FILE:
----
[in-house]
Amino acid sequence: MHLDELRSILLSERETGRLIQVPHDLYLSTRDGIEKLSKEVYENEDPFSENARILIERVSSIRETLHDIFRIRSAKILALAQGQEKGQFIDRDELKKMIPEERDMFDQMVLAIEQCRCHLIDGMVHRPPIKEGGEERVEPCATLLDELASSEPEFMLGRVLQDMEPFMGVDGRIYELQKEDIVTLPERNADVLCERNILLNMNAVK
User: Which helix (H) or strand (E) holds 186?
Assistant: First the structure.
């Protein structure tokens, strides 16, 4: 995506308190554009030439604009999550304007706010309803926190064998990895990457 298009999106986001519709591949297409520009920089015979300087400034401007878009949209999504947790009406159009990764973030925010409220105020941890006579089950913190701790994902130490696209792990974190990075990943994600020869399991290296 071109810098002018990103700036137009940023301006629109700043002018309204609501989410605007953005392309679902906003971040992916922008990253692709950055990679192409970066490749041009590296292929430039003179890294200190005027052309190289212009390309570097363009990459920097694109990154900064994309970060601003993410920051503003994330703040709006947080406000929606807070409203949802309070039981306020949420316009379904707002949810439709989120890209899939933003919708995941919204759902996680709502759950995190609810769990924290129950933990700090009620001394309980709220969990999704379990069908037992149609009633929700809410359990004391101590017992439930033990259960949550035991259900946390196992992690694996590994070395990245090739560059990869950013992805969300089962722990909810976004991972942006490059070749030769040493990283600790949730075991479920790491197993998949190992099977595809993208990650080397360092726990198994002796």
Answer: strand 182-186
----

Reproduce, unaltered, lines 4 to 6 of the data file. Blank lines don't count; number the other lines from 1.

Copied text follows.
Assistant: First the structure.
């Protein structure tokens, strides 16, 4: 995506308190554009030439604009999550304007706010309803926190064998990895990457 298009999106986001519709591949297409520009920089015979300087400034401007878009949209999504947790009406159009990764973030925010409220105020941890006579089950913190701790994902130490696209792990974190990075990943994600020869399991290296 071109810098002018990103700036137009940023301006629109700043002018309204609501989410605007953005392309679902906003971040992916922008990253692709950055990679192409970066490749041009590296292929430039003179890294200190005027052309190289212009390309570097363009990459920097694109990154900064994309970060601003993410920051503003994330703040709006947080406000929606807070409203949802309070039981306020949420316009379904707002949810439709989120890209899939933003919708995941919204759902996680709502759950995190609810769990924290129950933990700090009620001394309980709220969990999704379990069908037992149609009633929700809410359990004391101590017992439930033990259960949550035991259900946390196992992690694996590994070395990245090739560059990869950013992805969300089962722990909810976004991972942006490059070749030769040493990283600790949730075991479920790491197993998949190992099977595809993208990650080397360092726990198994002796």
Answer: strand 182-186